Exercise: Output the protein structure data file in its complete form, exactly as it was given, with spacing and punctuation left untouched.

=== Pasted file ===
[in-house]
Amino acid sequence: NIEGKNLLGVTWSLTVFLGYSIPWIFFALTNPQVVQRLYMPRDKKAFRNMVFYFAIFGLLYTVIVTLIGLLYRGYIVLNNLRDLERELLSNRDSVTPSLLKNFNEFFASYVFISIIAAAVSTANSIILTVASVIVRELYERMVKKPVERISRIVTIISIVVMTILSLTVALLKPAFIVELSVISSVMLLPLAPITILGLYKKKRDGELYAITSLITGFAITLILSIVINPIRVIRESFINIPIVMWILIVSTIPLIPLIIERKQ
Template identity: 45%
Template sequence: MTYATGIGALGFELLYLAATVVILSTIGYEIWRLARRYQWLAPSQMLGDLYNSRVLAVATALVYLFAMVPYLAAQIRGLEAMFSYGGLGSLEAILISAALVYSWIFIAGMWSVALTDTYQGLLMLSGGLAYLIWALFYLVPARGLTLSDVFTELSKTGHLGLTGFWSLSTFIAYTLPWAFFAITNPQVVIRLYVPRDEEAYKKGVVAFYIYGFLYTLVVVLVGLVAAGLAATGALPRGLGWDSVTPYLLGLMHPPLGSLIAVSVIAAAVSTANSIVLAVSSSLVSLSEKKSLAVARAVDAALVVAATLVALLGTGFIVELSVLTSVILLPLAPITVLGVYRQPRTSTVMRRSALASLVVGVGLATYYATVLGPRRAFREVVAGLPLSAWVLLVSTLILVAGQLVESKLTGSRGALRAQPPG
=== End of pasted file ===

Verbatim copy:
[in-house]
Amino acid sequence: NIEGKNLLGVTWSLTVFLGYSIPWIFFALTNPQVVQRLYMPRDKKAFRNMVFYFAIFGLLYTVIVTLIGLLYRGYIVLNNLRDLERELLSNRDSVTPSLLKNFNEFFASYVFISIIAAAVSTANSIILTVASVIVRELYERMVKKPVERISRIVTIISIVVMTILSLTVALLKPAFIVELSVISSVMLLPLAPITILGLYKKKRDGELYAITSLITGFAITLILSIVINPIRVIRESFINIPIVMWILIVSTIPLIPLIIERKQ
Template identity: 45%
Template sequence: MTYATGIGALGFELLYLAATVVILSTIGYEIWRLARRYQWLAPSQMLGDLYNSRVLAVATALVYLFAMVPYLAAQIRGLEAMFSYGGLGSLEAILISAALVYSWIFIAGMWSVALTDTYQGLLMLSGGLAYLIWALFYLVPARGLTLSDVFTELSKTGHLGLTGFWSLSTFIAYTLPWAFFAITNPQVVIRLYVPRDEEAYKKGVVAFYIYGFLYTLVVVLVGLVAAGLAATGALPRGLGWDSVTPYLLGLMHPPLGSLIAVSVIAAAVSTANSIVLAVSSSLVSLSEKKSLAVARAVDAALVVAATLVALLGTGFIVELSVLTSVILLPLAPITVLGVYRQPRTSTVMRRSALASLVVGVGLATYYATVLGPRRAFREVVAGLPLSAWVLLVSTLILVAGQLVESKLTGSRGALRAQPPG